England Household Waste Recycling Doubles in Last Four Years
LONDON Recycling of household waste has doubled in the last four years, according to new provisional figures published today by Defra (Department for Environment, Food and Rural Affairs).
The figures show that English households recycled more than a fifth of their waste -- approaching 23% -- in 2004/05. They are the first signal of recycling rates in 2004/05 which, though unaudited, provide a good indication of the level being achieved.
Performance around the country varies with, on average, residents in the North East recycling the least (16%) and people in East of England recycling the most (29%). The greatest leap has been in the East Midlands, up 7% on last year to 27%.
Local Environmental Quality Minister, Ben Bradshaw, said: "We've doubled the amount we recycle in just four years. These figures prove how much more people understand the importance of recycling compared to even just four years ago."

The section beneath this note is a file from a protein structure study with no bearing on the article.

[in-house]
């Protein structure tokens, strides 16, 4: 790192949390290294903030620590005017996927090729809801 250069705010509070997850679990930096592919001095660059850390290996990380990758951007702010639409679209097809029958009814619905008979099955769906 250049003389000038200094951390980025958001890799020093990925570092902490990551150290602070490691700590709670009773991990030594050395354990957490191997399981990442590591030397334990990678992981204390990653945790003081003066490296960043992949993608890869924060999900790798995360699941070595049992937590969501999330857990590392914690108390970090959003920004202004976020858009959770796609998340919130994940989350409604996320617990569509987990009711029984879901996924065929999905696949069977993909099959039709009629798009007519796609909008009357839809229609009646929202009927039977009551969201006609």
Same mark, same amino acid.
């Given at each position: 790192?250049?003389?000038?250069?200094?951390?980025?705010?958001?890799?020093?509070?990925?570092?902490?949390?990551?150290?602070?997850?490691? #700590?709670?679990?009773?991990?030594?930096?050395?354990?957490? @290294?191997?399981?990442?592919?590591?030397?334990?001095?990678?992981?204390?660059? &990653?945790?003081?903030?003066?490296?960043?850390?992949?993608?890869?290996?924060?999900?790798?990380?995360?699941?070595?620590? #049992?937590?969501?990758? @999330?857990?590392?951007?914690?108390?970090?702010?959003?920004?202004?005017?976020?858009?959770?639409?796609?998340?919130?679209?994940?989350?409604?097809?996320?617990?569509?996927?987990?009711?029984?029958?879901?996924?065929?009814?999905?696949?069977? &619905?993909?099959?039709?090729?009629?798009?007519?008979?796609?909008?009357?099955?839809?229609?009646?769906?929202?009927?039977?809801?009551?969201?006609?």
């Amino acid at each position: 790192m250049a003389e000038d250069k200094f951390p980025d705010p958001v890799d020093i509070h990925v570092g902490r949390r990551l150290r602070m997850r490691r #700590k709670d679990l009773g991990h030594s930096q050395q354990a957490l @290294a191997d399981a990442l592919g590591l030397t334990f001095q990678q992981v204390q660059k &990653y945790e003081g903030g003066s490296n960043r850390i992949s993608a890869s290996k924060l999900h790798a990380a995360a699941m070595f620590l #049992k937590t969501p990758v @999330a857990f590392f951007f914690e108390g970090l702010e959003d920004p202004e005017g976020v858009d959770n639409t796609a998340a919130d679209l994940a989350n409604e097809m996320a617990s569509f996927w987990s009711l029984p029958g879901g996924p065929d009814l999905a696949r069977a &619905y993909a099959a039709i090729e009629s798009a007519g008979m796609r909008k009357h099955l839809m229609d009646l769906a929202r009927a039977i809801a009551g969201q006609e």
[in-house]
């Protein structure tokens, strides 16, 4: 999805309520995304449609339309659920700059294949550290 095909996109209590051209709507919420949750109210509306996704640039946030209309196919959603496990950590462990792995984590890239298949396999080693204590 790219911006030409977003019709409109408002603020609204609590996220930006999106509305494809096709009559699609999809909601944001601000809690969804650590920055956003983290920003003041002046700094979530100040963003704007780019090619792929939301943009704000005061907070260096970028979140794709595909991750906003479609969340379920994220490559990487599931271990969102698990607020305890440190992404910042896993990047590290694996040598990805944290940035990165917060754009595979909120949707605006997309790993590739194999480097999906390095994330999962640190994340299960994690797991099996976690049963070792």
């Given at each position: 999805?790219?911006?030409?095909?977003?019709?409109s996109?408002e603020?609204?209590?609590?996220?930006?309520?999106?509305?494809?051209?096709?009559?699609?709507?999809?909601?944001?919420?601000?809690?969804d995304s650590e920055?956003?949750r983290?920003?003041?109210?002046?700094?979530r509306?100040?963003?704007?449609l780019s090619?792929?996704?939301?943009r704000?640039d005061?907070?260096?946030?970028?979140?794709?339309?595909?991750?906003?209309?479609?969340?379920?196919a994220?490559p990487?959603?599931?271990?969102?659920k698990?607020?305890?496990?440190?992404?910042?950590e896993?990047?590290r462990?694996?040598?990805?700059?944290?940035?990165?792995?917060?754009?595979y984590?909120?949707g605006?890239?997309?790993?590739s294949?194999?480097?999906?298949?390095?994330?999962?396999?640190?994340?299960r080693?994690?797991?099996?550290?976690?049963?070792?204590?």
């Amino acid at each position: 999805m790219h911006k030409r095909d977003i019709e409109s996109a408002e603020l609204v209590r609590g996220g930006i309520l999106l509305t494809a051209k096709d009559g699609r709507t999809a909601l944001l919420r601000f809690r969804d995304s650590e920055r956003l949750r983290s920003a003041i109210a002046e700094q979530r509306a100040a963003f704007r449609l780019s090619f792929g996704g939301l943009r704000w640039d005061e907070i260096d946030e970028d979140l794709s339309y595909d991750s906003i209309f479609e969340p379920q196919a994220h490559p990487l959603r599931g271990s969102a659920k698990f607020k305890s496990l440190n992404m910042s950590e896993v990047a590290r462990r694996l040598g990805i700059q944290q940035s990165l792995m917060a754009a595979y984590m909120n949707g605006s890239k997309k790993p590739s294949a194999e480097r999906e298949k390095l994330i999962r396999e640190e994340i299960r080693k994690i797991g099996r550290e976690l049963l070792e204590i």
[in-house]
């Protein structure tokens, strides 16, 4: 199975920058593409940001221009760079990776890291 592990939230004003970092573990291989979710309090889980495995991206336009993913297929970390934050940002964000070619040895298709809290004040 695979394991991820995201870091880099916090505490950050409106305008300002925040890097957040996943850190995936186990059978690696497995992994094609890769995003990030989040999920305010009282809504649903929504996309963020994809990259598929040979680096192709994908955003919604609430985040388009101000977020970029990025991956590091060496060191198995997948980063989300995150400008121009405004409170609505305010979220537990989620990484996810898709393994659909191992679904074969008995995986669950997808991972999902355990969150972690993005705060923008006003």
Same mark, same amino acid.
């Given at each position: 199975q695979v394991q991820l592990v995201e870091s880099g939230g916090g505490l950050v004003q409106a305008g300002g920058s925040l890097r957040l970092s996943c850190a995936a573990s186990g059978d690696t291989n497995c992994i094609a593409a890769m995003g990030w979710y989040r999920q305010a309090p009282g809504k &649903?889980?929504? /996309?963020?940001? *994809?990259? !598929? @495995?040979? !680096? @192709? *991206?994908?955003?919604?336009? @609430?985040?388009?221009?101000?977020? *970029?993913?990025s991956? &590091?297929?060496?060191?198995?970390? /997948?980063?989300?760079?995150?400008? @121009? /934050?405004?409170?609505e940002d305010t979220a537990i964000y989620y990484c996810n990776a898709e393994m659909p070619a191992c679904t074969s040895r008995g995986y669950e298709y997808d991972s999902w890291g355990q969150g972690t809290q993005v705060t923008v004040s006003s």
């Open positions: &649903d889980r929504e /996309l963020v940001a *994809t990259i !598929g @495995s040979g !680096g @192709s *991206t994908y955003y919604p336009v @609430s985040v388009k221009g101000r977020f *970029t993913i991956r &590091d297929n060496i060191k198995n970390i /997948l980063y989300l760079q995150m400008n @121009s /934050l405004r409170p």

According to WRAP (the Waste and Resources Action Programme), every household could recycle up to 60% of its waste.
This is reflected in some European recycling rates: Germany recycles 57% of its waste; Netherlands recycles 64%; and Denmark 41%, a figure that some English local authorities, like Lichfield, are already reaching.
Also today, Recycle Now, the national recycling campaign for England, has announced today that it will receive a further GBP20 million funding from Defra to build on the success of the campaign and encourage more people to recycle more household waste more often.
Recycle Now, delivered by WRAP (the Waste & Resources Action Programme) on behalf of the Government, was launched in September 2004 with funding of GBP10 million until March 2006. The campaign was spearheaded by a series of TV adverts featuring the voice of comedian Eddie Izzard.
Defra has provided a range of funding and support measures for local authorities to boost recycling, and Defra and WRAP are continuing to work with local authorities and retailers to pilot and roll out new ways - from new technology at recycling 'bring' banks to financial incentives such as discount vouchers - to get people recycling more.
Source: PR Newswire, Waste & Resources Action Programme